Over the summer, I walked through many museums, marveling at the statues, paintings, and artifacts that were preserved in the spaces. Carefully curated and secured by panes of glass, lasers, heat sensors, and the sweeping gaze of docents was a tale of human history told through objects, a collection of the mundane that had been elevated to art. As a lover of museums, I was in awe walking through the hushed rooms, peering at the descriptive plaques and studying the priceless objects in front of me.
As I was walking through London's Victoria and Albert Museum, however, I received news of the killings of Philando Castile and Alton Sterling in Minnesota and Louisiana. I had to find a bench and sit down, feeling sick as I alternately stared at my phone, scrolling through news coverage on the murders, and at the precious art in the museum, which sat impassively in front of me. The utter ridiculousness of existence struck me as I sat there -- here in front of me was an extreme lesson in the human value system. The life of a Black person in the United States was undervalued to the point where the system justified the extinguishing of that life, while these pieces of art and history were protected by state of the art technology to be preserved for all of time. For a moment, it seemed that what we had chosen to protect was our history, and not our present.
The parallel I drew in that moment was not the most logical, and this is not to say that the objects in museums should not be protected, studied, and preserved for our current generation and all those following us. It is absolutely crucial that we preserve our history and make efforts to understand it, because if we lose any threads in our human story, we risk losing our conception of human possibility. If we refuse to preserve art, we would erase its value, losing the creative soul of humanity that has saved every single person and made us who we are. Yet the idea that the jeweled cup of a king should be more valued than the lives of people of color in the United States demonstrates to me a fundamental imbalance in our collective thinking, a fatal flaw in our logic. Every day, priceless, irreplaceable objects of art live in climate-controlled rooms in museums, while priceless, irreplaceable lives exist under white supremacy, under police and public scrutiny, and underground in caskets.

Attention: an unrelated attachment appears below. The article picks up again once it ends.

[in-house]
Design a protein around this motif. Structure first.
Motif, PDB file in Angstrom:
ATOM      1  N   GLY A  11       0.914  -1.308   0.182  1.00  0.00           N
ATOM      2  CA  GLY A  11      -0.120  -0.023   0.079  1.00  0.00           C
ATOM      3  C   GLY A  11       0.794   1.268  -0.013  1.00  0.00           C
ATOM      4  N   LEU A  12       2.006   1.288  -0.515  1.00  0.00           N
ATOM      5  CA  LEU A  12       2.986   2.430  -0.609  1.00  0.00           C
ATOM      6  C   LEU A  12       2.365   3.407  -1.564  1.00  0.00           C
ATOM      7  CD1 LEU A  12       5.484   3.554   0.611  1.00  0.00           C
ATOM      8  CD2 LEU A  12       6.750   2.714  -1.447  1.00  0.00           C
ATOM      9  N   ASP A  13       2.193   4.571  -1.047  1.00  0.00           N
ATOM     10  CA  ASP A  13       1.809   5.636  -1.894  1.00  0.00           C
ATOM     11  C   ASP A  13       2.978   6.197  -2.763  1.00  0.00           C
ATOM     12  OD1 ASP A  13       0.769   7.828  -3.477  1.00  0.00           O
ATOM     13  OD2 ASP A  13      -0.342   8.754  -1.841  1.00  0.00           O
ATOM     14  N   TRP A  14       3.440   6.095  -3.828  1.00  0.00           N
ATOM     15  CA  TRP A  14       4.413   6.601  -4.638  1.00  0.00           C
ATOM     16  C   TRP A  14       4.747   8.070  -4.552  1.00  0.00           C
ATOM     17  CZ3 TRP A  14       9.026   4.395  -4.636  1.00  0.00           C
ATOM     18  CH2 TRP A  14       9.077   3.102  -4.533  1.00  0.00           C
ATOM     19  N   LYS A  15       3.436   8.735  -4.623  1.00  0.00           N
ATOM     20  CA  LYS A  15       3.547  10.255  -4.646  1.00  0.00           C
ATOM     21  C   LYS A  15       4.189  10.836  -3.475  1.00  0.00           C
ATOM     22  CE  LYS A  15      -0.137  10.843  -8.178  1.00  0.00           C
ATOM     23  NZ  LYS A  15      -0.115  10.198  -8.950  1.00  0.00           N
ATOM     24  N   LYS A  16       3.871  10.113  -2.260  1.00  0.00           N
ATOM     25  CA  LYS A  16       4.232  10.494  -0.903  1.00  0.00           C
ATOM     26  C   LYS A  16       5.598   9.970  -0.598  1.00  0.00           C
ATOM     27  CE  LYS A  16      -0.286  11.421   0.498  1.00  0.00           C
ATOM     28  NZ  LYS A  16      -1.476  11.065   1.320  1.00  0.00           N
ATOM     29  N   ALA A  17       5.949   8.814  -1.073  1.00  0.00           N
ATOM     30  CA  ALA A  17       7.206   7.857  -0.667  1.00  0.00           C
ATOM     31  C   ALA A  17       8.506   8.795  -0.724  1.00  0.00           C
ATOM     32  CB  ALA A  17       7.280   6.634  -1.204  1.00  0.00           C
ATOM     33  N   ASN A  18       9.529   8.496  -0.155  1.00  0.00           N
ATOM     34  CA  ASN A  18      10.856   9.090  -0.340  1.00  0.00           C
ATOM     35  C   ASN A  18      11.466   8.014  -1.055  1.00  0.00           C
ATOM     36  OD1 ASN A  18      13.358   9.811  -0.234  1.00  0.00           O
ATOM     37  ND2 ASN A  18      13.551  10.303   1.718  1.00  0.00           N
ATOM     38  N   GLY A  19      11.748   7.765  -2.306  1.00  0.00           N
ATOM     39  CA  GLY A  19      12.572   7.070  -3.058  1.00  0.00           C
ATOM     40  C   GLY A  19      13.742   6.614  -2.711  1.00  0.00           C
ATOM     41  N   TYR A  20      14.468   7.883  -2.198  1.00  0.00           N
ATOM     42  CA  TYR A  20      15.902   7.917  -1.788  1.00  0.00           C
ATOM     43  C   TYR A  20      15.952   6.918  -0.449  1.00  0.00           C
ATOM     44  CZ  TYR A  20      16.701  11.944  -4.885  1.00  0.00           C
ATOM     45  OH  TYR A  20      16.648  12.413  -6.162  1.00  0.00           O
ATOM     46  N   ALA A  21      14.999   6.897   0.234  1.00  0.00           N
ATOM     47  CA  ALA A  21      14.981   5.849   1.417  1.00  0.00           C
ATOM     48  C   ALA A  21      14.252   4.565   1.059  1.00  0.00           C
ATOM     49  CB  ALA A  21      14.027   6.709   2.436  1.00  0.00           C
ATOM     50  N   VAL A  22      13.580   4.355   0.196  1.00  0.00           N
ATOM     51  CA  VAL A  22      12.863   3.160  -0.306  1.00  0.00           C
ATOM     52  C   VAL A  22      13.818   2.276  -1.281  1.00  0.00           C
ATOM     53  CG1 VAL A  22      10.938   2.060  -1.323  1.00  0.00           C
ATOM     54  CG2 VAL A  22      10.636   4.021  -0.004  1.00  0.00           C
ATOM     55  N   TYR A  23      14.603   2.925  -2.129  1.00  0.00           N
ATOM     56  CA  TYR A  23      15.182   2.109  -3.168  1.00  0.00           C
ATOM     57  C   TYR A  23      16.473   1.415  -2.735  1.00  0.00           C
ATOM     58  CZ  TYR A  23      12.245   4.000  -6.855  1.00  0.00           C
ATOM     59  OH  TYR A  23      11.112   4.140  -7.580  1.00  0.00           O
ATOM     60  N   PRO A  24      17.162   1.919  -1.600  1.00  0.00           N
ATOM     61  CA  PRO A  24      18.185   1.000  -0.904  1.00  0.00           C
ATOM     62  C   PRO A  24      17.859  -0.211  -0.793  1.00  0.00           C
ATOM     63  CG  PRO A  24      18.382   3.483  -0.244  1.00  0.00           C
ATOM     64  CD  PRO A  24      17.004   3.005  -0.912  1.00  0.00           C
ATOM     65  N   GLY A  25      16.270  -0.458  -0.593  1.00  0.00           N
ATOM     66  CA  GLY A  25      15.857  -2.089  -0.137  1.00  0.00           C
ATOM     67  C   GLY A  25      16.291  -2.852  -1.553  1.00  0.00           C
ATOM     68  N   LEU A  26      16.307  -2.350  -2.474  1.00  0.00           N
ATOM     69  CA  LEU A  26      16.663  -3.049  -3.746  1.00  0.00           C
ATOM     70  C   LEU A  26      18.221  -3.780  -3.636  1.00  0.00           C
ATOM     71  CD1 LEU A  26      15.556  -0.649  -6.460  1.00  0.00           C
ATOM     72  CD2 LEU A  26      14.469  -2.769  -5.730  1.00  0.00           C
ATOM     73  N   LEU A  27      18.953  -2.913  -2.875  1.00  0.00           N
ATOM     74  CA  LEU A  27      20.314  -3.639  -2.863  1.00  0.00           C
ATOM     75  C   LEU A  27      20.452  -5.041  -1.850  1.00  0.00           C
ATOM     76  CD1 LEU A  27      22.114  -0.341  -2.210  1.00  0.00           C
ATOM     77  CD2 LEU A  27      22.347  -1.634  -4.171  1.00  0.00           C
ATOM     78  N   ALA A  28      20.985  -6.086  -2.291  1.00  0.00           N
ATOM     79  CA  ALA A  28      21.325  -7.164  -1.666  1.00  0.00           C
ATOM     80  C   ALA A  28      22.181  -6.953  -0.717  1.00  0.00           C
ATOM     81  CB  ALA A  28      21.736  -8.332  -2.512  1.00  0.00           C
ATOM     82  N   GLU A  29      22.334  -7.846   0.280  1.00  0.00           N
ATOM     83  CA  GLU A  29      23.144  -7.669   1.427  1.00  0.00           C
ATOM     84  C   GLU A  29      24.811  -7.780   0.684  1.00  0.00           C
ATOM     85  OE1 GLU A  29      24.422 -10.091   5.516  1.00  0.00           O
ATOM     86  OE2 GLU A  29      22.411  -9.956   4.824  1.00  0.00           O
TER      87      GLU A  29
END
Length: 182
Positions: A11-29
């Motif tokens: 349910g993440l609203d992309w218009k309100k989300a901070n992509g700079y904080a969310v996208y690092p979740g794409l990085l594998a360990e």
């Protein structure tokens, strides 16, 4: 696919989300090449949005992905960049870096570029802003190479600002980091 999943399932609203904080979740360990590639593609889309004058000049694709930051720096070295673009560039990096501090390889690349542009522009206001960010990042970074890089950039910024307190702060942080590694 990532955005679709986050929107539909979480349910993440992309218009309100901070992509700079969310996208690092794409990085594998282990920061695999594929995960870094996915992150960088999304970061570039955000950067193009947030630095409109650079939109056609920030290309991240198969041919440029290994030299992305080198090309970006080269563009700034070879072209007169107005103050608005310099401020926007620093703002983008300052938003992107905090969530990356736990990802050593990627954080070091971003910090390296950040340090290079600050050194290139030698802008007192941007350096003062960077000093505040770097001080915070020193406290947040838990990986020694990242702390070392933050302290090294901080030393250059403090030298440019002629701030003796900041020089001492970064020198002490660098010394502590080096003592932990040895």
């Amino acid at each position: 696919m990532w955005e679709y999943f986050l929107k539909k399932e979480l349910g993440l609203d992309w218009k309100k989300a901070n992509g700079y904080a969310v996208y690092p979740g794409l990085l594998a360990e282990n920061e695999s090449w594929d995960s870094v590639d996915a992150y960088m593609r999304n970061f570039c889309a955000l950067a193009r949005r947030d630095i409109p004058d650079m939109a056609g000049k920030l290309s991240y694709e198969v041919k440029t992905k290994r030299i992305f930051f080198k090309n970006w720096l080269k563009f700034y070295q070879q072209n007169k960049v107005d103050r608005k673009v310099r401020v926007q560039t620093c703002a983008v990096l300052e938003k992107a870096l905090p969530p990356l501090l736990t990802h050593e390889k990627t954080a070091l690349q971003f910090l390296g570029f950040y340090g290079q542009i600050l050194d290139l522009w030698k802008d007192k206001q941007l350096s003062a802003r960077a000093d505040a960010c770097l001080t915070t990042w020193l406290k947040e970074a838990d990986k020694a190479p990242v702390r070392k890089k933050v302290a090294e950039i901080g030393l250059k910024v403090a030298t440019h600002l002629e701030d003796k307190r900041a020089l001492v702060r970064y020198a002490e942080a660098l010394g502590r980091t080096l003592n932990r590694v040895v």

While beautiful objects can come from scenes of violence, and at least some of the objects in every museum were brought there from moments of pillage and carnage, there is nothing beautiful that can come from this current violence. It is time we learned from our violent past and created a peaceful present. What we have been willing to destroy and allow others to destroy so far says something chilling about our human capacity for apathy, but in human history there have also been scenes of revolution, change, and peace to counter the tides of violence and bloodshed. Perhaps what we can carry away from this current scene of carnage is a revolution of peace, in which we protect all that is priceless and precious. Someday soon, I hope the respect and protection we afford to Michelangelo's David will also be offered to every single life on the planet -- because history matters, and I hope what we contribute to the human story is a chapter of peace -- that the objects that we leave to be preserved in a museum will weave a tale of the fight for justice, and our art will sing of love for every human.